James Patrick’s Blog

April 8, 2009

Good Thursday? part 4 – Lazarus, triumphal entry and temple cleansing

Filed under: History — alabastertheology @ 11:11 pm
Tags: , , , , , , ,

In Part 3, we considered the significance of the ‘Passover’ meal that Jesus ate with His disciples, one evening too early and therefore without the lamb.  This observation would hold true even if one were to maintain a belief in ‘Good Friday’, because in that case, the 14th of Nisan would be the Thursday evening / Friday, followed by the (extra special) normal Sabbath, and then the resurrection on the Sunday.  As it is, I am proposing that there were two Sabbaths in a row, a ‘special’ Sabbath (15th of Nisan) on the sixth day of the week that kicked off the Feast of Unleavened Bread, followed by a normal Sabbath on the seventh day.  That means Jesus celebrated the Passover meal early and was then arrested and crucified all on the evening and morning of the fifth day of the week, the Day of Preparation (14th of Nisan = Wednesday evening / Thursday).  If this is so, how does it affect our understanding of the days prior to the Last Supper?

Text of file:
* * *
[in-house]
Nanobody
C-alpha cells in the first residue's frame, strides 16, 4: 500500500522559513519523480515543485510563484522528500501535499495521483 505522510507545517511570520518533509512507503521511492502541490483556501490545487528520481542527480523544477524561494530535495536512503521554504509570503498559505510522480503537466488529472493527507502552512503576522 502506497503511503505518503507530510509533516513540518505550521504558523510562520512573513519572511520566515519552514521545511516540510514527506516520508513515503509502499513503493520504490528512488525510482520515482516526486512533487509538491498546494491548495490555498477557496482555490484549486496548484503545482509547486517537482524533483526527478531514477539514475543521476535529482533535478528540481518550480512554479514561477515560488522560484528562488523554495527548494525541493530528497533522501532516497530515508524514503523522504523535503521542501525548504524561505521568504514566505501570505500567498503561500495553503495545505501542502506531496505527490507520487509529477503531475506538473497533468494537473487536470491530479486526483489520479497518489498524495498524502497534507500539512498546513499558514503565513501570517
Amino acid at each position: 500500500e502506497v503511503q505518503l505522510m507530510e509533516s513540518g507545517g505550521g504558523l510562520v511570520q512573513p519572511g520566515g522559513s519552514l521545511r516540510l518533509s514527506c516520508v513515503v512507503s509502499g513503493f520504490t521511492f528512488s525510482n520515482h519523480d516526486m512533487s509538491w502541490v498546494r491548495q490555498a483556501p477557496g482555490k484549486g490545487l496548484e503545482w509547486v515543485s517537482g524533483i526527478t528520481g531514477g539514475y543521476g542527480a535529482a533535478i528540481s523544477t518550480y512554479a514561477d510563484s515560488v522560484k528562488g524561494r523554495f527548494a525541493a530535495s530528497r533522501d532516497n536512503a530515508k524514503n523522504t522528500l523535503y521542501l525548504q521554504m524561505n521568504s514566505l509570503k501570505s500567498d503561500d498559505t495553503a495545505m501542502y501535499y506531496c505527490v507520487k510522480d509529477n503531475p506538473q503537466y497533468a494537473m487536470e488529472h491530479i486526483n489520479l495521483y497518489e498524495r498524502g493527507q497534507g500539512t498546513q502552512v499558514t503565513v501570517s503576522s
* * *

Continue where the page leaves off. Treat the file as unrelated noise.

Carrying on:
The ‘four days’ of Lazarus
The progression of events recorded by John in his Gospel seems to lay particular weight on the story of Lazarus as a ‘sign’ of Jesus’ own death and resurrection, which makes it worth considering carefully.  From chapter ten of John’s Gospel onwards there is a clear focus on Jesus’ power over death.  In John 10:18 Jesus says, “I have authority to lay [my life] down, and I have authority to take it up again.”  Then in 10:38, He says, “…though you do not believe me, believe the works [I do], that you may know and understand that the Father is in me…”  Chapter eleven is all about the death and resurrection of Lazarus, and Jesus tells His disciples in 11:4, “This sickness is …for the glory of God, so that the Son of God may be glorified by it.”  This is part of a theme of glory found throughout John’s Gospel, and in particular, the glorification of Jesus that came through His death (see 12:23-33).